Ransomware and other cyber attacks have been skyrocketing among healthcare organizations. Researchers recently found that 239.4 million attempted attacks targeted healthcare alone in 2020 as attackers seek patients’ personal and financial data stored by healthcare organizations.
Now, some privacy experts are raising concerns about Truveta, a new big data collaborative research effort involving 14 U.S. healthcare providers, according to GovInfoSecurity. The providers plan to share de-identified data on tens of millions of patients in an effort to advance personalized medicine through the development of an artificial intelligence and machine learning-based platform.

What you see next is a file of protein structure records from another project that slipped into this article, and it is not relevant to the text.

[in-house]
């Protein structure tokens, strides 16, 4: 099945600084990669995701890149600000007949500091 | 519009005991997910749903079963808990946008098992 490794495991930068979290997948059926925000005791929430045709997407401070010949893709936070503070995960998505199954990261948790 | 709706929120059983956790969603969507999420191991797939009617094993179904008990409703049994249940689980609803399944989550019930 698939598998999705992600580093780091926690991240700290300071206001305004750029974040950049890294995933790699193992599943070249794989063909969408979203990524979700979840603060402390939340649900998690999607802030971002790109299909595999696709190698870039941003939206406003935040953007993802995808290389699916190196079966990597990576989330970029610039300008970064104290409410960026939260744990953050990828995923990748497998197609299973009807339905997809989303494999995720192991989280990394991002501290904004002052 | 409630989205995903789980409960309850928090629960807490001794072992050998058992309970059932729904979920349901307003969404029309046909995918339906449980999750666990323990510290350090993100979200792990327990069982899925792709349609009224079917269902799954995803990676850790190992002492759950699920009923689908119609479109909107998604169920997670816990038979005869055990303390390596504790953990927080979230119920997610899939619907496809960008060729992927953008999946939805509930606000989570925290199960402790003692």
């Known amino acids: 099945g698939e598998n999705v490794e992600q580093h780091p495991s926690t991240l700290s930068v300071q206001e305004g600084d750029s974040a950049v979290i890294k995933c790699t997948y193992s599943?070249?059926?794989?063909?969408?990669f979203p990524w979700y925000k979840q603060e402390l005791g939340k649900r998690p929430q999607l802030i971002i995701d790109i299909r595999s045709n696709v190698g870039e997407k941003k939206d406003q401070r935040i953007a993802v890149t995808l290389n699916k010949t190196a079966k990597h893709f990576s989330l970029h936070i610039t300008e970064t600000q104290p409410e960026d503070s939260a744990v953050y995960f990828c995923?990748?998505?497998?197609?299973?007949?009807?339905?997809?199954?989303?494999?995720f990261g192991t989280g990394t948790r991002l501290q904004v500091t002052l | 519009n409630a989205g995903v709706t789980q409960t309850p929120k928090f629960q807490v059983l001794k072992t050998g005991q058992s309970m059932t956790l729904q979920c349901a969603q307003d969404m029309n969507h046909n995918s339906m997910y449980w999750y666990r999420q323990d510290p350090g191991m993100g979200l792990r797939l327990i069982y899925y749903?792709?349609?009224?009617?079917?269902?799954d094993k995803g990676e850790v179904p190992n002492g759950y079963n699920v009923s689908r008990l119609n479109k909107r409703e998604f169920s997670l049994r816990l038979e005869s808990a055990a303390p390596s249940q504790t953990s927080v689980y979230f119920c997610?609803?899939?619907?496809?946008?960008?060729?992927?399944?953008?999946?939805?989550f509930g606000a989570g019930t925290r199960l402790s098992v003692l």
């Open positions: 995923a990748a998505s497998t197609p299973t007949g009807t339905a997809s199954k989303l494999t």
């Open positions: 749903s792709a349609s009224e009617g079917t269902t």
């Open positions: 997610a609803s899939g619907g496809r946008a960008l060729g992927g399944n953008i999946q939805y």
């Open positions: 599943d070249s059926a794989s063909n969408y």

"Through structuring, normalizing, and de-identifying data from these health providers, a new data platform will be built, with careful protection of patient privacy and security," according to Truveta's launch statement.
De-identifying data doesn't necessarily eliminate privacy risks, says privacy attorney David Holtzman of the consultancy HITprivacy LLC. What kind of patient data will be shared by Truveta's member organizations, and how will that get de-identified?
"The Truveta platform will structure and normalize a wide range of data across structured and unstructured data types to unlock the power of de-identified data across all diagnoses and demographics," the spokeswoman says.
Truveta also provides the software for de-identification to each healthcare provider. "Before data is integrated into the Truveta data platform, it is de-identified," she adds.
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